Andrew Wiggins impresses, yet was too passive in win over Louisiana-Monroe


If we are paying attention to individual play in the opening night of the college basketball season, the nation’s eyes were in three different gyms to watch the top three freshman perform: Kentucky’s Julius Randle, Duke’s Jabari Parker, and Kansas’ Andrew Wiggins.

Randle and Parker both impressed in their college debuts, and Wiggins did just the same in Kansas’ 80-63 win over Louisiana-Monroe.

Wiggins dropped in 16 points, while taking just nine shots from the field. He has an understanding of the game that not many college freshmen have, which makes his superior talent that much more potent — he’s as smooth of an operator as they come.

However, he wasn’t overly aggressive and didn’t look to dominate the game tonight against the Warhawks, even though he certainly could have if he elected to. While the nine shots attempted were a team-high for Kansas, Wiggins may have actually been too passive.

Chalk it up as his first collegiate game and not looking to do too much, but Wiggins has to understand he is the best player on Kansas and in the country. He should be looking for his shot and to score every time Kansas has the ball. Perhaps things will change when Kansas’ starting point guard Naadir Tharpe returns following his one game suspension for playing in a summer league game during the offseason.

Comparatively, Randle and Parker both took command in their respective games. Randle dropped in 23 points and attempted 13 free throws against UNC-Asheville, and Parker had 22 points against Davidson.

The notion of being a “ball hog” is a label no athlete wants to be tabbed, but there is such a thing as being too unselfish. In Kansas’ game against Jabari Parker and Duke on November 12th, don’t be surprised if Wiggins takes on much more of a scorer’s mentality.

Syracuse receives mixed news on sanctions appeals

Jim Boeheim
Associated Press
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Wednesday the NCAA made its ruling on two¬†appeals of sanctions made by Syracuse University, with the news being mixed for the men’s basketball program.

On the positive side the NCAA ruled that Syracuse will be docked two scholarships per season for the next four years, as opposed to the original ruling of three. As a result Jim Boeheim’s program only has to account for the loss of eight total scholarships, meaning that they’ll have 11 to fill in each of the next four seasons as opposed to ten.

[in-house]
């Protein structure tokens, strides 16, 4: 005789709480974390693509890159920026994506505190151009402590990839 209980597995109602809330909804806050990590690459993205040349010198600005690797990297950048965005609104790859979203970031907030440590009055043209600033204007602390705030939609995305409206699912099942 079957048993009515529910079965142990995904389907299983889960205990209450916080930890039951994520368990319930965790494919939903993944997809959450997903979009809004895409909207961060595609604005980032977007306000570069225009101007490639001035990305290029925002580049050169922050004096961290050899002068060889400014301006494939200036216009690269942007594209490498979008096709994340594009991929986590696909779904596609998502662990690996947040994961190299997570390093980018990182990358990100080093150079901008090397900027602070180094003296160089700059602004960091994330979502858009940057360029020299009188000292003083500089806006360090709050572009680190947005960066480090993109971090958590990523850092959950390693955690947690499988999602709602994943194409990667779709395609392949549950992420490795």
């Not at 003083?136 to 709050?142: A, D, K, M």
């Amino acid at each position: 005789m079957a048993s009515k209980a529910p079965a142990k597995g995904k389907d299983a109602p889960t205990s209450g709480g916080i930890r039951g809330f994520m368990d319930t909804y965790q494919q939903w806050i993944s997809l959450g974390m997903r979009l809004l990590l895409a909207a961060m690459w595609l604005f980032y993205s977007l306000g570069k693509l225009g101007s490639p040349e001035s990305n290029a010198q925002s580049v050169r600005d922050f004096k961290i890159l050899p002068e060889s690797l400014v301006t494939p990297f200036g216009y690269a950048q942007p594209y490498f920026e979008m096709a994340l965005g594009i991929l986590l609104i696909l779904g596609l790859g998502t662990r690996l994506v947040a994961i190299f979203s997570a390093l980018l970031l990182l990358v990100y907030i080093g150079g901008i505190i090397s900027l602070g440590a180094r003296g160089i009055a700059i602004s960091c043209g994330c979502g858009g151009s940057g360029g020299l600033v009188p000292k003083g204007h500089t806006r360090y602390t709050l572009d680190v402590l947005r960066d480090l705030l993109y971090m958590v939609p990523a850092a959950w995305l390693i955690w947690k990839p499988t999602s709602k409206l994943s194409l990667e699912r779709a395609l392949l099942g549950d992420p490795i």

One scholarship may not seem like a big deal, but in a sport where you only get 13 (when not dealing with sanctions) getting that grant-in-aid back really helps from a recruiting standpoint.

As for the negatives, they both concern Boeheim. Not only has there yet to be a ruling on Boeheim’s appeal of his nine-game suspension that goes into effect when ACC play begins in January (that appeal is being heard separately), but the appeal to reinstate the wins that were vacated as part of the sanctions was denied. As a result Boeheim officially has 868 wins instead of 969 (not counting today’s game against Charlotte).

And with Mike Hopkins set to take over as head coach in 2018, the denial means that college basketball will have to wait quite some time before anyone threatens to join Duke’s Mike Krzyzewski in the 1,000 wins club.

While not having the wins officially reinstated does hurt, getting a scholarship back for each of the next four seasons is a bigger deal when it comes to the long-term health of the Syracuse program. Also of great importance will be the ruling regarding Boeheim’s suspension, as a suspended coach is not allowed to have any contact with his players or coaching staff while serving the penalty.

And with the original ruling due to take up half of Syracuse’s league slate, not having Boeheim (or the chance to speak with him) is a big deal when it comes to this current team.

St. John’s forward Kassoum Yakwe cleared by NCAA

Chris Mullin
AP Photo/Rick Bowmer
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St. John’s forward Kassoum Yakwe has been cleared by the NCAA to play this season and will be eligible immediately, the school announced on Wednesday.

Yakwe is a 6-foot-8 forward that reclassified and enrolled at St. John’s this fall. He attended the same high school as Kansas forward Cheick Diallo, who was also cleared by the NCAA to play today.

St. John’s played in the Maui Invitational this week, and Yakwe did not take part. His first game with the Johnnies will be on Dec. 2nd against Fordham if the program plans to play his this season.

The question that must be asked, however, is whether or not he will suit up or simply redshirt. The Johnnies are in the midst of a serious rebuild and will be without their other elite recruit this season, Marcus Lovett. Lovett was ruled a partial qualifier. Would it make sense to burn a year of eligibility on what make amount to a wasted season, or will head coach Chris Mullin opt to save that year for down the road?